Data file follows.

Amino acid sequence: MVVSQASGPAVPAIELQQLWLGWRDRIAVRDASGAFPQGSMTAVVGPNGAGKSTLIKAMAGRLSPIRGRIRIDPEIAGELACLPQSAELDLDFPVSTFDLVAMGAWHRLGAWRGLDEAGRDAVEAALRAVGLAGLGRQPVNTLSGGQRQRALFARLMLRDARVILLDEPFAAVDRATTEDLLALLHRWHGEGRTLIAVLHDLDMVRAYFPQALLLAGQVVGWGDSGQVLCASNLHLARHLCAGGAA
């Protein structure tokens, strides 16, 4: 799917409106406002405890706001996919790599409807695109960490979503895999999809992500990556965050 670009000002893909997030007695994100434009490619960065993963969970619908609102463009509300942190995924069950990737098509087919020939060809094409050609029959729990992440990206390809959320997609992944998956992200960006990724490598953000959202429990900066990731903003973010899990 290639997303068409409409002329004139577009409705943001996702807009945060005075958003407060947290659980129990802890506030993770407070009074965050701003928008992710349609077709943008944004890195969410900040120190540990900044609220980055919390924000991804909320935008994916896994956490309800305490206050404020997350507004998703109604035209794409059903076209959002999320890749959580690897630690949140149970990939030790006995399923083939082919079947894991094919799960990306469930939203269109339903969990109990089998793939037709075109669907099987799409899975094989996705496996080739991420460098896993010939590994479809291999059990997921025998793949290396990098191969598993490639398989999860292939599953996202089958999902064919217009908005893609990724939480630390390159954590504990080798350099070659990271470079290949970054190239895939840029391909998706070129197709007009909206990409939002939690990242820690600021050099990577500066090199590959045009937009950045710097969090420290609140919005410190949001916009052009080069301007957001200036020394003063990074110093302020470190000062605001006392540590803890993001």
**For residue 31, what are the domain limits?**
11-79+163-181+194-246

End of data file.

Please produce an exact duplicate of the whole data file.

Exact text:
Amino acid sequence: MVVSQASGPAVPAIELQQLWLGWRDRIAVRDASGAFPQGSMTAVVGPNGAGKSTLIKAMAGRLSPIRGRIRIDPEIAGELACLPQSAELDLDFPVSTFDLVAMGAWHRLGAWRGLDEAGRDAVEAALRAVGLAGLGRQPVNTLSGGQRQRALFARLMLRDARVILLDEPFAAVDRATTEDLLALLHRWHGEGRTLIAVLHDLDMVRAYFPQALLLAGQVVGWGDSGQVLCASNLHLARHLCAGGAA
């Protein structure tokens, strides 16, 4: 799917409106406002405890706001996919790599409807695109960490979503895999999809992500990556965050 670009000002893909997030007695994100434009490619960065993963969970619908609102463009509300942190995924069950990737098509087919020939060809094409050609029959729990992440990206390809959320997609992944998956992200960006990724490598953000959202429990900066990731903003973010899990 290639997303068409409409002329004139577009409705943001996702807009945060005075958003407060947290659980129990802890506030993770407070009074965050701003928008992710349609077709943008944004890195969410900040120190540990900044609220980055919390924000991804909320935008994916896994956490309800305490206050404020997350507004998703109604035209794409059903076209959002999320890749959580690897630690949140149970990939030790006995399923083939082919079947894991094919799960990306469930939203269109339903969990109990089998793939037709075109669907099987799409899975094989996705496996080739991420460098896993010939590994479809291999059990997921025998793949290396990098191969598993490639398989999860292939599953996202089958999902064919217009908005893609990724939480630390390159954590504990080798350099070659990271470079290949970054190239895939840029391909998706070129197709007009909206990409939002939690990242820690600021050099990577500066090199590959045009937009950045710097969090420290609140919005410190949001916009052009080069301007957001200036020394003063990074110093302020470190000062605001006392540590803890993001």
**For residue 31, what are the domain limits?**
11-79+163-181+194-246